At his residence he’s calmer.  He uses far less medication than when he lived here with us.  When we go there to take him out for a few hours, he’s always good.  It’s not until he’s back here at home for a while that the aggression pops up again.  Why?  I don’t know for certain.

What I do know is that we’ve somehow got to balance our visits with the other opportunities Adrian has now.  We need to find ways to spend time with him that minimize the aggression and stress and maximize everyone’s enjoyment.  One possibility is that we could pick him up on a Friday night for home visits and bring him back Saturday early.  That would reduce the ‘down’ time at home that seems to breed the behavior problems and also make sure he’s home to go on whatever weekend excursions his house has planned.

It may take us some time and experimentation to figure out that perfect timing, schedule and frequency of visits.  But I’m confident we’ll eventually find a way to regularly enjoy visits with him.  🙂

 

May 6, 2012

Speaking of Adrian…

It’s been over a month since Adrian moved into his new residence.  And for over a month now I’ve been thinking I need to write something about it.  But each time I tried I failed to find words.  There’s so much to say and I don’t know how to say it all.

This weekend is Adrian’s first visit home since he moved.  Somehow the familiar chaotic rhythm of having him here makes it easier to sit down and start typing. Go figure 😛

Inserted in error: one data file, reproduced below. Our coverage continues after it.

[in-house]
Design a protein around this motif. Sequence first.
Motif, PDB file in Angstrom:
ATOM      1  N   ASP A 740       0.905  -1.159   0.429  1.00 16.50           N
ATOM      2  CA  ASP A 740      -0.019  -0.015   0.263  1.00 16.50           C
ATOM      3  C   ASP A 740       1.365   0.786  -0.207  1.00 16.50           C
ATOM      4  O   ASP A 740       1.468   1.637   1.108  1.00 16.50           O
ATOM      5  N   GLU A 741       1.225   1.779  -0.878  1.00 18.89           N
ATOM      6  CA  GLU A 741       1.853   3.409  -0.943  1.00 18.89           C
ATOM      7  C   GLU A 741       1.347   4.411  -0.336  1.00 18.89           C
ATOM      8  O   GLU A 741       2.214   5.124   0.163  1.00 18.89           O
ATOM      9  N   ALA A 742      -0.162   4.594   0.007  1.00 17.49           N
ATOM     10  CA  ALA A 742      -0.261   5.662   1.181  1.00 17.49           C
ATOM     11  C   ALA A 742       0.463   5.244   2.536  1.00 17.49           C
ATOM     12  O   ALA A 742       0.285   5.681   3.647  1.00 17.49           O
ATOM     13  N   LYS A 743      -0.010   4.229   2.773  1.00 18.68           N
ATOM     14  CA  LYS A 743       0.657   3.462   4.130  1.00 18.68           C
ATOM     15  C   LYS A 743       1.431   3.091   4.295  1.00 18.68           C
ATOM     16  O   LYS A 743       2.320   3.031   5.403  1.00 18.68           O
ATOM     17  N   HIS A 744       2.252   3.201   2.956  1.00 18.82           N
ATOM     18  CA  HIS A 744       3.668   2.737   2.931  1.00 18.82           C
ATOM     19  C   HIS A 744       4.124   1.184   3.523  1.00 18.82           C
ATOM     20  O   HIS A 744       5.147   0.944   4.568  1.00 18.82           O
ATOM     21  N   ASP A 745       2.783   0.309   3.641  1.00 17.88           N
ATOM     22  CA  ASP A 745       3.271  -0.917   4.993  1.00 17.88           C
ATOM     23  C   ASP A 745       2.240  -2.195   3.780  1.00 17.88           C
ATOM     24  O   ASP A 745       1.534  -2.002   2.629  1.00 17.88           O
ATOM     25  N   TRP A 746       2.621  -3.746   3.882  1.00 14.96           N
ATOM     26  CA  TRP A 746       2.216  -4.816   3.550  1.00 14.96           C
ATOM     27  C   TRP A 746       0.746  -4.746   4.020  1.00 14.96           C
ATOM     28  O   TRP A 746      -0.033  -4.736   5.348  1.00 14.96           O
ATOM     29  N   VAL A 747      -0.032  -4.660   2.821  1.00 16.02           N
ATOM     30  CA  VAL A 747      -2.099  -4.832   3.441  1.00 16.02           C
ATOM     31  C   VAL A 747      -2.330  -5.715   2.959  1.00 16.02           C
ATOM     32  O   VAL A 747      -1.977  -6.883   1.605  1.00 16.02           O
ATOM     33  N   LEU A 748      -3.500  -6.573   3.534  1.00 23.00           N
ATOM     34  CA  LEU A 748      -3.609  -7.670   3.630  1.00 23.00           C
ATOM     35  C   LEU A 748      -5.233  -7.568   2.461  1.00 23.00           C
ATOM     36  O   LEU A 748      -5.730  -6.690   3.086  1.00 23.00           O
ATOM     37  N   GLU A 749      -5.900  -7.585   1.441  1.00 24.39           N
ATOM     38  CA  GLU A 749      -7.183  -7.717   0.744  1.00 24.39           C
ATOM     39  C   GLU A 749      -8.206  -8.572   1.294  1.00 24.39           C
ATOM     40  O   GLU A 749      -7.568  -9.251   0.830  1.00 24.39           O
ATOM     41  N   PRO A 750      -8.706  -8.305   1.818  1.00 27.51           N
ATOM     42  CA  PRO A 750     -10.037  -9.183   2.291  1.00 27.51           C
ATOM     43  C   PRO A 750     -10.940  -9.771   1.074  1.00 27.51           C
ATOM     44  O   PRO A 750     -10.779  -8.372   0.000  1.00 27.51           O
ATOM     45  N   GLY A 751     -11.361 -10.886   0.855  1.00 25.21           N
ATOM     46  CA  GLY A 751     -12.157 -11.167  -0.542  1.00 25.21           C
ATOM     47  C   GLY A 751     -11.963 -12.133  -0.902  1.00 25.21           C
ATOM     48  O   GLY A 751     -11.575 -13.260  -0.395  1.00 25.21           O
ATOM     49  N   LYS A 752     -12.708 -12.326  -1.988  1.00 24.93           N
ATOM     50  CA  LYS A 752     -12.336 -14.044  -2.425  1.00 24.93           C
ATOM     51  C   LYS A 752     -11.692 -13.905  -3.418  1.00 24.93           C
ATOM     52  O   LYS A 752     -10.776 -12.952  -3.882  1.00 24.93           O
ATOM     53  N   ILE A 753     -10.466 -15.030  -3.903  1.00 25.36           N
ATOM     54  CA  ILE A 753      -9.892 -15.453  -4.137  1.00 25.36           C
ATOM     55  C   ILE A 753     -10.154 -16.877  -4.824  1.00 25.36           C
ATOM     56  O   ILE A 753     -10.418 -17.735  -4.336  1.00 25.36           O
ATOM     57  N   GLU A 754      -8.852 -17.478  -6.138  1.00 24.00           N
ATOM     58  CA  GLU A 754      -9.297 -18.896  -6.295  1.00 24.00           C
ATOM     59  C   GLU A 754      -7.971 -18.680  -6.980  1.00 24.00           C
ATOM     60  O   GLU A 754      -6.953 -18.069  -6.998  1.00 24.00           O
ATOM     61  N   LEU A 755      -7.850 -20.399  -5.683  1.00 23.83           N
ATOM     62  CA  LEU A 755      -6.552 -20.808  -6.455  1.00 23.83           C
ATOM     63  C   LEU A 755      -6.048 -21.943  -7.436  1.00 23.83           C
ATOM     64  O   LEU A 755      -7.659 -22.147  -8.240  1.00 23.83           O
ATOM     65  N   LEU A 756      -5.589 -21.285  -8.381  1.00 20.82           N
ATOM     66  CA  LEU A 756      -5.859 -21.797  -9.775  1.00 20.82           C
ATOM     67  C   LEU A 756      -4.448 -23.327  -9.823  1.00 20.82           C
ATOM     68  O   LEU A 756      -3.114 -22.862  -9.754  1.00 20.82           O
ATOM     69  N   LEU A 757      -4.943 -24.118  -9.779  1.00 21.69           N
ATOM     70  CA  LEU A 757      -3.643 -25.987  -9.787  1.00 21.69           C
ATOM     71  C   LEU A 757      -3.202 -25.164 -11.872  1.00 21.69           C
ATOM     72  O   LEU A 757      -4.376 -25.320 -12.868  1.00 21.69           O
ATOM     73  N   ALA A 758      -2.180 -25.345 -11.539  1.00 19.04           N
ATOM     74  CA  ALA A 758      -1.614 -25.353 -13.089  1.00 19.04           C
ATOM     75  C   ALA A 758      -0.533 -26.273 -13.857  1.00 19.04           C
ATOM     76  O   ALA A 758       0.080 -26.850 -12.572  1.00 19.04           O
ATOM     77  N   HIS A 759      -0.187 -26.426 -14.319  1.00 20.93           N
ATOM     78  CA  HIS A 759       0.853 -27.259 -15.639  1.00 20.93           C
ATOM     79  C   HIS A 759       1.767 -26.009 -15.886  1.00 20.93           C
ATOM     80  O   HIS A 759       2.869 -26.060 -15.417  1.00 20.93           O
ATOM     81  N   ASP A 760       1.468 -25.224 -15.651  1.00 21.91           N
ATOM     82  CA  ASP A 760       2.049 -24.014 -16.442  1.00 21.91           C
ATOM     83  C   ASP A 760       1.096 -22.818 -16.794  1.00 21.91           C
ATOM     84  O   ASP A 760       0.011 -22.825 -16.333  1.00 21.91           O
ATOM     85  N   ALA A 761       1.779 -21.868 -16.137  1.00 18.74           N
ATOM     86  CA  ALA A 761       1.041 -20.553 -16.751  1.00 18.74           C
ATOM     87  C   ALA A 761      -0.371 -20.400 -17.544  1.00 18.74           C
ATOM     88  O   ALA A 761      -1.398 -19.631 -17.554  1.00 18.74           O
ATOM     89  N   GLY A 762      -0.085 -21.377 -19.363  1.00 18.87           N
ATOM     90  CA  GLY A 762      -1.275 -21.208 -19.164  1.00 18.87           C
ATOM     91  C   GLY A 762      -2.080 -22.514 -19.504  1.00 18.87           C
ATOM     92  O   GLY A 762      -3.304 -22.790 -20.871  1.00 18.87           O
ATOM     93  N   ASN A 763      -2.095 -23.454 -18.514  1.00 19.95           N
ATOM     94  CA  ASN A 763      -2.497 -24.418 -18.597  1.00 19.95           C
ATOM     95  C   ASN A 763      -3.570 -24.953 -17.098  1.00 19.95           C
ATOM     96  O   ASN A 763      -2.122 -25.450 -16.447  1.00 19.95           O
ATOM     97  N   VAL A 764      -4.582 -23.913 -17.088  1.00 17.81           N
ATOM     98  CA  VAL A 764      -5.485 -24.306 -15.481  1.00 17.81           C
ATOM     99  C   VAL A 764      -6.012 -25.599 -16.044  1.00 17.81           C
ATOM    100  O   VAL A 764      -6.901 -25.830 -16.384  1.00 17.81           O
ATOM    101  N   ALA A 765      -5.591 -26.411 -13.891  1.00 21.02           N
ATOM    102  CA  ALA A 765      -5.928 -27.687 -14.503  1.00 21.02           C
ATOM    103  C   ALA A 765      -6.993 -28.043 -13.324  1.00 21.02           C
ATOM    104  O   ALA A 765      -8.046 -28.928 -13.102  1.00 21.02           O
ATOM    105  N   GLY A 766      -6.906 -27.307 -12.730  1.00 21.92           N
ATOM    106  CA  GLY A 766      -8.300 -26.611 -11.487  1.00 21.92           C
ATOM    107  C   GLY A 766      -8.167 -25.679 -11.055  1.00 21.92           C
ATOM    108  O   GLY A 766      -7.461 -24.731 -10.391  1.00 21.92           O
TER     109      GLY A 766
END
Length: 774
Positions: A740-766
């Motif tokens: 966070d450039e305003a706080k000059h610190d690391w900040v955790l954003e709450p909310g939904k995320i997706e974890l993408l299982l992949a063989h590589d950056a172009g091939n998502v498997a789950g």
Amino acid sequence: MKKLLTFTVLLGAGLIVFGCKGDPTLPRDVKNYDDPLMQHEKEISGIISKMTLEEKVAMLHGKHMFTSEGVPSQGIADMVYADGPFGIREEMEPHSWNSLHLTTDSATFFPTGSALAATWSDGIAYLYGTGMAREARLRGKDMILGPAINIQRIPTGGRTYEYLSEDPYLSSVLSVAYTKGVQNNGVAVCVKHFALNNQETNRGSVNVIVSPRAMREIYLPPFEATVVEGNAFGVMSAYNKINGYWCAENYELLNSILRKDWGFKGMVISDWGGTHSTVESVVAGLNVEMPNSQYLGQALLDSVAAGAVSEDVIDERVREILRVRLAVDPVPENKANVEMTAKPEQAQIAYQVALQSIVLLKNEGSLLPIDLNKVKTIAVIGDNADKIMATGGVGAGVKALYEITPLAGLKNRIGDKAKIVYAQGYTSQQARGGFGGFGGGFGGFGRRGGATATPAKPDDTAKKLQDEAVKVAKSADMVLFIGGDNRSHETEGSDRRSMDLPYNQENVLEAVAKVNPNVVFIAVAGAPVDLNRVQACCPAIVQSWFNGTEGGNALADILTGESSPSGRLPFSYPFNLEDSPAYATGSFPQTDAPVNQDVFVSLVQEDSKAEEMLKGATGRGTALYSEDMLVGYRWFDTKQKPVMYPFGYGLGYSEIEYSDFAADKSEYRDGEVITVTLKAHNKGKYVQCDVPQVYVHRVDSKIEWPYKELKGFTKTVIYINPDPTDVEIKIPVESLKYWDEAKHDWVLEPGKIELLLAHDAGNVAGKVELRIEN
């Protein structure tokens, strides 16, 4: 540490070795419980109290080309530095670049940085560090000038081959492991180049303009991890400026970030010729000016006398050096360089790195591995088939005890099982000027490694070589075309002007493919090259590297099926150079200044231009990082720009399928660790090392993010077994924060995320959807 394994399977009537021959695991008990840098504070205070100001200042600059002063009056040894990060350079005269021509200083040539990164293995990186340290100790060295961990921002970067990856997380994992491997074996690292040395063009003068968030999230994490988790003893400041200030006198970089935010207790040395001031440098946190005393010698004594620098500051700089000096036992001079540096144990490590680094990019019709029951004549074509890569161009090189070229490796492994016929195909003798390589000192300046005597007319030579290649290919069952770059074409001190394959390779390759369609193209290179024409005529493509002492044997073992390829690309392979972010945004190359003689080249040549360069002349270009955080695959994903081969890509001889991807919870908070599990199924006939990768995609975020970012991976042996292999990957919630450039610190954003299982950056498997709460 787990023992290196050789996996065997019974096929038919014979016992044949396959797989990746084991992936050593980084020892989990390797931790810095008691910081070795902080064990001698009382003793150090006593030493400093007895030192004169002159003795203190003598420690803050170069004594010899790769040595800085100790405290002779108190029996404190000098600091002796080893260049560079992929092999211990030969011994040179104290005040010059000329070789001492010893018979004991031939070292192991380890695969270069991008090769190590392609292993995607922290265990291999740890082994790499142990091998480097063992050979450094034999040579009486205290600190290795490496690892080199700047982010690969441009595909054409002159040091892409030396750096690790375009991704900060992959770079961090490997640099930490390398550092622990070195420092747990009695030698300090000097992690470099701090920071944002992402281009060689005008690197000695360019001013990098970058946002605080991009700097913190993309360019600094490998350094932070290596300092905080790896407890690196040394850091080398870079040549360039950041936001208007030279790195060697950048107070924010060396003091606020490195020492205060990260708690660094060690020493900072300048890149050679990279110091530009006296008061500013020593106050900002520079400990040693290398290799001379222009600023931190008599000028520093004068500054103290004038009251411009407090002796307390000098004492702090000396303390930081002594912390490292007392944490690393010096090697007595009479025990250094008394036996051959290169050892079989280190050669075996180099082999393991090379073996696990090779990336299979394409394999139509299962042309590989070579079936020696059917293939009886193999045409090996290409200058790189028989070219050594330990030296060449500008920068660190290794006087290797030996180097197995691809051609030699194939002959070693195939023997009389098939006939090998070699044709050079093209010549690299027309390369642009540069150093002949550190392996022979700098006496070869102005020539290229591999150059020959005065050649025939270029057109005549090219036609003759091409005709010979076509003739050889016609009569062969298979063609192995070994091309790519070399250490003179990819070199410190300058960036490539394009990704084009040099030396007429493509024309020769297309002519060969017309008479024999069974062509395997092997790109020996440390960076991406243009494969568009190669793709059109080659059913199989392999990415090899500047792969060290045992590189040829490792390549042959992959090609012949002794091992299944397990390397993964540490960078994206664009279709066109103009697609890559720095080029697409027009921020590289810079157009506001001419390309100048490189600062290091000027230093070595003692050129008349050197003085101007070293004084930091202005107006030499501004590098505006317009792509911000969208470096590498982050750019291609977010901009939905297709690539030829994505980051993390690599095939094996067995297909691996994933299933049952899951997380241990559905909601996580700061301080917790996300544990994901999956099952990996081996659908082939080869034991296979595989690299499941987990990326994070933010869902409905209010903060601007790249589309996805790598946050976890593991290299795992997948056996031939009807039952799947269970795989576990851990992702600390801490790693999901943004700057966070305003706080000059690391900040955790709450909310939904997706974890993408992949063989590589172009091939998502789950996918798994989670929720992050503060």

In general, the move went very well.  I don’t know that we could have asked for better.   His first few days were a bit rough as he learned the new routines and how to communicate with the staff.  But that all worked itself out very quickly and he was soon back to the baseline he had here at home…  Perhaps even better in some ways.

I could go into detail about how well the staff deals with things when he does present them with a bit of a challenge or I could report how Adrian has won hearts by sticking up for the staff when other students present challenging behaviors.  I could tell how Adrian’s already eating and drinking things there – of his own free will – that he would never eat or drink here at home or how the staff tells us all about all the sign language Adrian’s taught them.  I could go on with the cute stories of how he and his new roommate connect over xbox games or explain how incredibly calm and happy he was when we went there and took him out for dinner.

But really, to me, the thing that says it all best is how Adrian behaves when we leave him there at his house.   In the past, when we’ve had issues at school, Adrian doesn’t hesitate to let me know things are not well there with his body language and vocalizations at drop off.

When we drop him back off at his house, he’s comfortable and happy.  He’s made himself at home.   He kisses me and vocalizes a ‘bye’ and then goes off to do his thing… not even caring to watch us leave.

So yeah, Adrian is doing great.  And that means the rest of us are doing pretty well too.  🙂

December 31, 2011

Christmas Vacation?

What do you call the week between Christmas and New Years?  Well, we used to call it Christmas Vacation around here too.  But these days it’s not feeling much like a vacation at all.

I think it’s safe to say that Adrian and I both have had enough.   This break is no break for either of us.